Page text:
DIXFIELD — The Board of Selectmen learned Monday evening that the Safe Routes to School project may cost the town $40,000 more than expected.

Mike Laberge, Maine Department of Transportation’s local projects coordinator, said the agency had a meeting in March and realized the cost estimates were a couple of years old.

“We asked the project engineers, Wright-Pierce, to run the numbers, and they came in 20 to 30 percent higher than we had predicted before,” Laberge said.

He said he sent Town Manager Carlo Puiia a revised agreement for the new estimate and let the board discuss it.

The project would create a safe route from Dirigo High School to TW Kelly Dirigo Middle School, and would add a sidewalk along the length of Nash Street to the Regional School Unit 10 superintendent’s building, Puiia said.

“Nash Street is a busy corridor, with all of the athletic fields, so the sidewalks there and on Weld Street would help make things a lot safer for students,” he said.


Puiia said that in May 2013, voters approved $83,120 for sidewalk repairs.

“As part of the Safe Routes to School project, the town has to match 20 percent of the project, and the state match would be 80 percent,” Puiia said. “Currently, that means the state match would be $332,480, for a total of $415,600.”

Puiia said the new estimate for installing sidewalks from Dirigo High School to TW Kelly Dirigo Middle School is $615,000, and the town would be required to commit to $123,000, a $40,000 increase from the money approved at the 2013 town meeting.

Christine Rineheart, design engineer with Wright-Pierce, said it would cost $92,000 to engineer and construct the Nash Street sidewalks.

Board of Selectmen Chairman Hart Daley asked Laberge why there was such a long delay between the time the town approved the $83,120 and the start of the project.

Laberge said the federal funding was “cut in half in 2012.”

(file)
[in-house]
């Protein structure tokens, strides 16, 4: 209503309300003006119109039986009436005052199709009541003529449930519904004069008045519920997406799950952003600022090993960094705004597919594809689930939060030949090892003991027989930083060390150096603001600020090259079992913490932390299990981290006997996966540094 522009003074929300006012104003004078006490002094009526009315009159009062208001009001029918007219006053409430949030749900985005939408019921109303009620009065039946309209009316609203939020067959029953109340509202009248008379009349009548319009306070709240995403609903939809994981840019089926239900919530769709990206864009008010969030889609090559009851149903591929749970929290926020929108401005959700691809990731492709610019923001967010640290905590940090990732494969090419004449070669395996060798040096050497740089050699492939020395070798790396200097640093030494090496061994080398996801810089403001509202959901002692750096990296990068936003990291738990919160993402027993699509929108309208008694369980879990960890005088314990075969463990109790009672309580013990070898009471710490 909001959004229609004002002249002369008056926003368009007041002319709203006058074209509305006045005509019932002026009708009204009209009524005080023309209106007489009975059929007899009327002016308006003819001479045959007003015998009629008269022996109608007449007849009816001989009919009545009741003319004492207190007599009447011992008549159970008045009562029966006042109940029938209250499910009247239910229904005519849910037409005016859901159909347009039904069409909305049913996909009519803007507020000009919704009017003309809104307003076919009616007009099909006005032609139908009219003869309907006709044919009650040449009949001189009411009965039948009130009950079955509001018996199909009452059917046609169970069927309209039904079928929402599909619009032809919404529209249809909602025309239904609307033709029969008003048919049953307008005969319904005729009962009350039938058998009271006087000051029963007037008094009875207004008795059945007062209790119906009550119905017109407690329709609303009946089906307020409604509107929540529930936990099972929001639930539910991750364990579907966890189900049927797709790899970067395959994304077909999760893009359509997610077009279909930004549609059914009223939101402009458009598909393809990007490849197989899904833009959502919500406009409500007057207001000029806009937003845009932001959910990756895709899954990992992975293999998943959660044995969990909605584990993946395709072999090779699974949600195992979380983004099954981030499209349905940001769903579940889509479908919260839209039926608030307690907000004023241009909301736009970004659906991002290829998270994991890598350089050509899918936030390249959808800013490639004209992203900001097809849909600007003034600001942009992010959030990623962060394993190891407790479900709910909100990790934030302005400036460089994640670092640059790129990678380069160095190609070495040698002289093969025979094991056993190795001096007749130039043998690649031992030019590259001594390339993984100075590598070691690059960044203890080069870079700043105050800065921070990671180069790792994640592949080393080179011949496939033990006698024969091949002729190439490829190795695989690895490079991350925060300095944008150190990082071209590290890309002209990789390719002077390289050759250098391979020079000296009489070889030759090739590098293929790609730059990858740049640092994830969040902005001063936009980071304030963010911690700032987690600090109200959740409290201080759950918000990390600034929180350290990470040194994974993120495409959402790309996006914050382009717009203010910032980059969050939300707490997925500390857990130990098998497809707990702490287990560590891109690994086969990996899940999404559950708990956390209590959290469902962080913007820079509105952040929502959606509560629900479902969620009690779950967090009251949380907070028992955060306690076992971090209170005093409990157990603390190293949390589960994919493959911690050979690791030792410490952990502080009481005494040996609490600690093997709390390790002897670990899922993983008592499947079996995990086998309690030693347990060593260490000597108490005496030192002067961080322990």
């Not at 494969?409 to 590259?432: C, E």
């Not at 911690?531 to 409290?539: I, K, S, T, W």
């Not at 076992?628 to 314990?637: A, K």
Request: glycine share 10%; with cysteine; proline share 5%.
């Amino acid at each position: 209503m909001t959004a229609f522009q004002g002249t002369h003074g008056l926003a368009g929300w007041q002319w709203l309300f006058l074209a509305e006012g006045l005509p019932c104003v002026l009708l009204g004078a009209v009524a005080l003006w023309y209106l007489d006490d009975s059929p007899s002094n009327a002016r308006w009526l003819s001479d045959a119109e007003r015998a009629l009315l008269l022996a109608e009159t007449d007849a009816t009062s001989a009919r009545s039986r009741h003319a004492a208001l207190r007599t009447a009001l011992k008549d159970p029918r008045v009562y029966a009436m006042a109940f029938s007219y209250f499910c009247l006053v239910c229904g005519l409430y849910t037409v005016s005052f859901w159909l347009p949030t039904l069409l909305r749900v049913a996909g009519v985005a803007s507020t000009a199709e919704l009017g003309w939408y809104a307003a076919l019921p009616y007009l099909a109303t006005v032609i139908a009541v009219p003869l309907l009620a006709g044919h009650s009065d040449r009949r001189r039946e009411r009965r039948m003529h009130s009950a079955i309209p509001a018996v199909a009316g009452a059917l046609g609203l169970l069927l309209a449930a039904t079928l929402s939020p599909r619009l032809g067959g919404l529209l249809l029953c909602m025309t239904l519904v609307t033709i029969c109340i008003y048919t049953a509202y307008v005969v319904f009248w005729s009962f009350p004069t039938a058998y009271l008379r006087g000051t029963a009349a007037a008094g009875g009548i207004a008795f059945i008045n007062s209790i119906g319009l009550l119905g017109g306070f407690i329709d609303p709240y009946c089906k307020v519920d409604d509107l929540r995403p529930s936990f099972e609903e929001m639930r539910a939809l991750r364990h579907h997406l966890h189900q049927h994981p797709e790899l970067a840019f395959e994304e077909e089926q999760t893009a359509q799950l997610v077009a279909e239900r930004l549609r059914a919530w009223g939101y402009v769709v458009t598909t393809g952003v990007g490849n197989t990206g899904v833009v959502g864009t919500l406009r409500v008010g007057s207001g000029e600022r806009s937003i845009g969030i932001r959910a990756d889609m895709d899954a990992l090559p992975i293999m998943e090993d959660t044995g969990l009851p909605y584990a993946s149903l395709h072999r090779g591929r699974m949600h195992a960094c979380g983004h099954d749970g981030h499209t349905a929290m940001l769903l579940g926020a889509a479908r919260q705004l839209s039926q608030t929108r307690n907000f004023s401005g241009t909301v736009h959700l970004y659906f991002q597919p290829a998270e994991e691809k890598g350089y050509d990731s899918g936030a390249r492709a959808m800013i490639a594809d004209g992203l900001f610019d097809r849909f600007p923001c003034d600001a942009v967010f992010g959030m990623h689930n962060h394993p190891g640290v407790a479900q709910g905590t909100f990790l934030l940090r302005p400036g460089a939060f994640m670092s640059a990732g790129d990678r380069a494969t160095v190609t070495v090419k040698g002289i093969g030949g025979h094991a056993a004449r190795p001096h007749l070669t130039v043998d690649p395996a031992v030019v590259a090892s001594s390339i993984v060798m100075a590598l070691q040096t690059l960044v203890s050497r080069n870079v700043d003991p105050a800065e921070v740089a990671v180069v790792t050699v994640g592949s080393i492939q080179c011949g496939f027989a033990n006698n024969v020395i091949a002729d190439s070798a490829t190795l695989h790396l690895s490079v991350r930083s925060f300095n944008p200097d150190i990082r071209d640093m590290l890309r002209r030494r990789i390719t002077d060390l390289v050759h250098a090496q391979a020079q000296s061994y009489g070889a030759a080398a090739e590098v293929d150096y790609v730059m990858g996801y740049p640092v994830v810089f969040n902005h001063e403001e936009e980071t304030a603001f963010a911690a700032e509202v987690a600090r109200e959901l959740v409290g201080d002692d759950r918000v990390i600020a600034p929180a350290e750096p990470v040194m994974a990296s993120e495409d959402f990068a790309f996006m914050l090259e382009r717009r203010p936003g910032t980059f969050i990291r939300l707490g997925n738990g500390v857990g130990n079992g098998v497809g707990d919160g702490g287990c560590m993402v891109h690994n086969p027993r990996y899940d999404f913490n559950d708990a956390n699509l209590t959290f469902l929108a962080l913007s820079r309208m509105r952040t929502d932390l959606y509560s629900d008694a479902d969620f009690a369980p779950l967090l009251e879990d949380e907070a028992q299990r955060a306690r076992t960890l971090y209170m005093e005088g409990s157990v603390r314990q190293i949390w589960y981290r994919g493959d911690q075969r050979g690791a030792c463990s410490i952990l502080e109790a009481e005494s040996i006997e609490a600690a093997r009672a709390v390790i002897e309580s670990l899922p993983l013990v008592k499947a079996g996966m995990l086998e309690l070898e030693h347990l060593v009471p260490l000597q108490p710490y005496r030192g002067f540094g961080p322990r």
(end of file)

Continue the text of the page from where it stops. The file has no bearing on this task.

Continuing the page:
“There was a bit of a delay between when the project was designed and when it was ready for construction,” Laberge said. “We had to wait for the federal funding to catch up with the project.”

Laberge said that the plan was to put the project out to bid late this fall and to begin construction in 2016.

“We felt like we’d get better prices if we put the project out to bid in the fall rather than the spring,” Laberge said.

He said the Board of Selectmen could vote to sign the revised agreement, which would allow MDOT to commit to its 80 percent match of the new estimate, or vote to stick with the $83,120 residents approved in 2013 and revisit the issue when the bids come in at the end of the year.

“We’re leaving it completely up to you,” Laberge said.

“It’s scary,” Daley said. “That’s a big increase.”


“It is, and whenever you accept federal funding, there’s always going to be strings that come attached with it,” Laberge said.

“Well, I’m not really comfortable signing a new agreement until we see what the new bid numbers are, and until we get a consensus from the voting public,” Daley said.

“That’s fine,” Laberge said. “With any luck, contractors will be hungry for work, and the bid numbers will come in lower than we predicted.”


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